Touchless car washes rely on aggressive chemical cleaners and high water pressure jets to force dirt and debris from the surface of your vehicle finish.
The point of touchless car washes is to eliminate the potential for causing scratches on the surface of your paint.
Regular automatic car washes use friction in the cleaning process. The friction is created usually by spinning brushes or microfiber curtains. Aggressive spinning brushes, especially brushes that don’t use microfiber, can easily cause scratches and paint damage.
Over time, these swirl marks and scratches build up and turn the former mirror finish of new cars to a dull spiderwebbed-looking sea of scratches, easily seen in bright daylight.
While a touchless automatic car wash eliminates the chance of a scratch that a regular automatic car wash will likely cause, it doesn’t completely eliminate risk.
Harsh cleaning solutions can accelerate damage to your car’s finish and dry out plastics and rubber seals due to repeated use over an extended period of time.
While this isn’t an immediate concern, it is something car owners should be aware of when deciding how to properly care for your car or truck.
Touchless Car Wash Vs Hand Wash
Hand washing is the gentlest and most effective way of to clean your vehicle thoroughly and effectively. Car soap used for washing your car at home is pH neutral. It is very gentle and will do little to remove waxes or paint sealants from your vehicle’s exterior.
Touchless car washes are convenient and reasonably safe for occasional use, but they will not thoroughly clean car and truck exteriors since they don’t use an method of physically contacting the vehicle.
The harsh soaps and detergents used in touchless washes will significantly degrade waxes and paint sealants which will leave your finish less protected from environmental contaminants and UV rays.
Hand washing still runs a risk of creating a scratch if a bit of grit gets trapped in your microfiber wash mitt. No method of car washing is perfect.
Better than an automated touchless wash or a hand wash is the touchless car wash method you can use at home. These DIY touchless car washes are about as safe as you can get. They use gentle pH neutral car shampoos and pressure washers to blast off dirt and film.
Unfortunately, whole a home touchless car wash is the safest way to get your car clean, it can’t always get all the dirt off your vehicle. Hand washes are the best safe method for unusually dirty vehicles.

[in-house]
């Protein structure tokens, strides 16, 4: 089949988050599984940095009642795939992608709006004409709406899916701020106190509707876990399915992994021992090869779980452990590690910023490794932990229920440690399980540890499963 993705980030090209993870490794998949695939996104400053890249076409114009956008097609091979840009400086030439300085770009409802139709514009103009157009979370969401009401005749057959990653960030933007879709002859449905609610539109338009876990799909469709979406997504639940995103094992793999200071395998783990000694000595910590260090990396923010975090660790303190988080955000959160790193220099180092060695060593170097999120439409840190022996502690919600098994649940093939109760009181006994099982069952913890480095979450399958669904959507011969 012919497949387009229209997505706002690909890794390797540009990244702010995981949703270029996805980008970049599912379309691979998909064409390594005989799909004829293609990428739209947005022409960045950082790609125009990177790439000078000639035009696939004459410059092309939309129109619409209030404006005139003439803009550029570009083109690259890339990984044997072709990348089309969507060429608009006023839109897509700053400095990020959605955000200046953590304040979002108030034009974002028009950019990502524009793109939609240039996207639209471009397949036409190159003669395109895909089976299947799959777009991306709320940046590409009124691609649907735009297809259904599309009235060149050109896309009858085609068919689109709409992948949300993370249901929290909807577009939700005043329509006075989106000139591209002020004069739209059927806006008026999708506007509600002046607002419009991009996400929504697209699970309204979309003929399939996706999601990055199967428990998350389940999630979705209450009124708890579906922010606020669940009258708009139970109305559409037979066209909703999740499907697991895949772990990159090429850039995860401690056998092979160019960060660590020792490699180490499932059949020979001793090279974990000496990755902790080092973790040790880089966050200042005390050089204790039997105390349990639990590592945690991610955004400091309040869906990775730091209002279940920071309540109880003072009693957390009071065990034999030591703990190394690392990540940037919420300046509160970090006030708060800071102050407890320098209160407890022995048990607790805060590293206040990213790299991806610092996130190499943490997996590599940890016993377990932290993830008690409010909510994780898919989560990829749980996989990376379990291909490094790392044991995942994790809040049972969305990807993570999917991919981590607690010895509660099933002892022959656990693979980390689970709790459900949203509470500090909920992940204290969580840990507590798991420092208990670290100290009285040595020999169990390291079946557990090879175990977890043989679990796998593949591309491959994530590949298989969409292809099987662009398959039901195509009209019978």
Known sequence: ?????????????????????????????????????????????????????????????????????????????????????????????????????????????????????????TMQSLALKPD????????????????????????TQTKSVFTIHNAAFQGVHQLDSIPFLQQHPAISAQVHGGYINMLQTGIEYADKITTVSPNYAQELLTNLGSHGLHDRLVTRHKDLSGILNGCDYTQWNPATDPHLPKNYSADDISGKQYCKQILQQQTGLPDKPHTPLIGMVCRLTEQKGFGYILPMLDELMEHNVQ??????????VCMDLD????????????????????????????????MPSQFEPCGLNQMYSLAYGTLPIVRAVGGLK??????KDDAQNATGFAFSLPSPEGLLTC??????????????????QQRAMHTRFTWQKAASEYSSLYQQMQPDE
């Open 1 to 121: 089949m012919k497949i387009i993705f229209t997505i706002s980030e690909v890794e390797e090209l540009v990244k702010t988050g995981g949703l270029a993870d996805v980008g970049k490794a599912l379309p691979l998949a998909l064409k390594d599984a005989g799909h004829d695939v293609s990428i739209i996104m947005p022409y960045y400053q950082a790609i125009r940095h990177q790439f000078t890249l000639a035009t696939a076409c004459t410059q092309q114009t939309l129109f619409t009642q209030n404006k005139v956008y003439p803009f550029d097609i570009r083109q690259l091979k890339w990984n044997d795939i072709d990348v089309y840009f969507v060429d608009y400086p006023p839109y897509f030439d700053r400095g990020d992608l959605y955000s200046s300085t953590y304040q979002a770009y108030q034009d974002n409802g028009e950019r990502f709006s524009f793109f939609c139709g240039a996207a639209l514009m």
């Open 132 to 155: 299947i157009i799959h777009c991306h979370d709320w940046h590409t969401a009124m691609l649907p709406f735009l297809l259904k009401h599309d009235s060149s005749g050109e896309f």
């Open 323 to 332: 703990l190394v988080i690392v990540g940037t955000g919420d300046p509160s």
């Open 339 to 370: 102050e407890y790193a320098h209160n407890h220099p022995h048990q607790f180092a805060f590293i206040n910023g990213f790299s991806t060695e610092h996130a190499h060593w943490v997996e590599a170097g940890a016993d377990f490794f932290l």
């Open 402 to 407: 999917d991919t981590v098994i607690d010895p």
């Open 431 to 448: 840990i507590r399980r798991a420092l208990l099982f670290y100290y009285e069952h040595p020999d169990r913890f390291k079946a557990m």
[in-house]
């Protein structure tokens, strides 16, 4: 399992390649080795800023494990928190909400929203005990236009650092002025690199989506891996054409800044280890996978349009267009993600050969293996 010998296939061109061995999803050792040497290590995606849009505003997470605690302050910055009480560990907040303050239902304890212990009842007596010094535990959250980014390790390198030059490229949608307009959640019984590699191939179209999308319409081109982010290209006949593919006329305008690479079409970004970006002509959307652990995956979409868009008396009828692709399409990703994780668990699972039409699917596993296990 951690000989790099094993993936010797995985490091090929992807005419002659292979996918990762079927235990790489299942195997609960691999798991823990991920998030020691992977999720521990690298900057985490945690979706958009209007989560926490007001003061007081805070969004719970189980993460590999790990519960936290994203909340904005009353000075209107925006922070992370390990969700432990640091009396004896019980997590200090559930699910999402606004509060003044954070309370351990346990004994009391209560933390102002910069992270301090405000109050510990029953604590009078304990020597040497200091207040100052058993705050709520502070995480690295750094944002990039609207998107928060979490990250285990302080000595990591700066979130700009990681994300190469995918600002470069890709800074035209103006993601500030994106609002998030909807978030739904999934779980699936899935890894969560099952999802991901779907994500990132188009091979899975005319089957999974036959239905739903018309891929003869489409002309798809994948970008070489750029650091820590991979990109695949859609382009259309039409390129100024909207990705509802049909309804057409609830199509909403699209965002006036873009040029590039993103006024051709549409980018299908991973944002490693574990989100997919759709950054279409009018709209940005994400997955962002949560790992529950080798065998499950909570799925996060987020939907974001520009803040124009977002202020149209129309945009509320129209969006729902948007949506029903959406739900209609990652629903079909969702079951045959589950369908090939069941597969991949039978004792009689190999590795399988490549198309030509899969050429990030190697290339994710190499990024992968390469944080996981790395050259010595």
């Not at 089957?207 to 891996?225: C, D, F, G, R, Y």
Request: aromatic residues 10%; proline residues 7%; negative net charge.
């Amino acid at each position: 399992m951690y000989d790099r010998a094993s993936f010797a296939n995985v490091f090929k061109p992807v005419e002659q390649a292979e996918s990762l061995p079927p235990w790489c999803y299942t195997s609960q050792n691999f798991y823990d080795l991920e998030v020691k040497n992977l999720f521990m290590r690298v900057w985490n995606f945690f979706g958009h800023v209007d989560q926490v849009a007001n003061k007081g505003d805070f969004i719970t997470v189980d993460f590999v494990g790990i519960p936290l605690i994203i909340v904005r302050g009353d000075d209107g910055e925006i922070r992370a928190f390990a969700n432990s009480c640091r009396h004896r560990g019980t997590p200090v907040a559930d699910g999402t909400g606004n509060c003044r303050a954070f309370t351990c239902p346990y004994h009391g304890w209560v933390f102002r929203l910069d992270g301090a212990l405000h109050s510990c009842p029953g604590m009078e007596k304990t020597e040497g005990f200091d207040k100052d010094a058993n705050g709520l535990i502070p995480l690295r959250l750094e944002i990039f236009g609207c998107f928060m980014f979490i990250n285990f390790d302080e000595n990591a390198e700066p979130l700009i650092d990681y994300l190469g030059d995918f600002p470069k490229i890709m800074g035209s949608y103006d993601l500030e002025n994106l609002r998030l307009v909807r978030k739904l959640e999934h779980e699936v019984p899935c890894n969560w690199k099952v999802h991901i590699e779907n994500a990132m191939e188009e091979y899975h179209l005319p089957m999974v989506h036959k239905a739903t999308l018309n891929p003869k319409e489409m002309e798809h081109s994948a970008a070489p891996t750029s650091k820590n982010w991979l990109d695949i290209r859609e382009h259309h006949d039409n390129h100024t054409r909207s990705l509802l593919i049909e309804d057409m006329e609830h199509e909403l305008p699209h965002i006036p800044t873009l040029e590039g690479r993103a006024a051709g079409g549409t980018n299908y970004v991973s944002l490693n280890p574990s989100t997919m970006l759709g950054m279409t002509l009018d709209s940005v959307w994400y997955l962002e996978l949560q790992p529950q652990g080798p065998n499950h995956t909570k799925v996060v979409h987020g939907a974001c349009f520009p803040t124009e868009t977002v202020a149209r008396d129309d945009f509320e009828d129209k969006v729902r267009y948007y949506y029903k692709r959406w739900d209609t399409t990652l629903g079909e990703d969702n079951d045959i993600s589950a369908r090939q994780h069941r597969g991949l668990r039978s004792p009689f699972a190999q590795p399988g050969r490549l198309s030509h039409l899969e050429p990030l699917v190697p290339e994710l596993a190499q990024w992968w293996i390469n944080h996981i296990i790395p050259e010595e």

Are Touchless Car Washes Better?
Of all of the automated car washes currently on the market, I consider touchless car washes safe enough to use and better than all of the other methods. There is less damage potential and virtually no chance of causing a single scratch in the car’s finish.
While the aggressive soaps can be harsh, I’m not too concerned. Especially when used in moderation. I prefer hand washing my cars typically so automated car washes are not they usual way I get my car washed.
I’m also a strong advocate of the touchless car wash method at home. It’s ideal for keeping your car clean between hand washes. It’s safer than an automated touchless car wash because it’s used with a pH neutral car shampoo that is extremely gentle and won’t prematurely degrade waxes and sealants.
At home touchless washes are extremely safe and reasonably effective. Hand washing is still necessary occasionally to get the most stubborn surface contaminants removed. Performing a touchless wash regularly between hand washes reduces the need of hand washing which helps ensure your vehicle maintains its new car shine for as long as possible.
I consider touchless car washes safe for maintenance washes on ceramic coated cars. Even those with waxes or paint sealants should be fine, but the challenge will be that the paint protection will be significantly weakened and need to be reapplied.
Vehicles with ceramic paint protection should be in great shape after a touchless wash due to the impressive ability of ceramics to withstand chemical solvents and detergents.
I will recommend following a touchless wash with a ceramic booster that most ceramic coating manufacturers produce to be paired with their ceramic protection to restore faded hydrophobic water beading and shine.
If you’re wanting to avoid tunnel car washes with spinning brushes, a touchless car wash is a good safe alternative as long as you understand the potential downsides.
Good luck and happy detailing.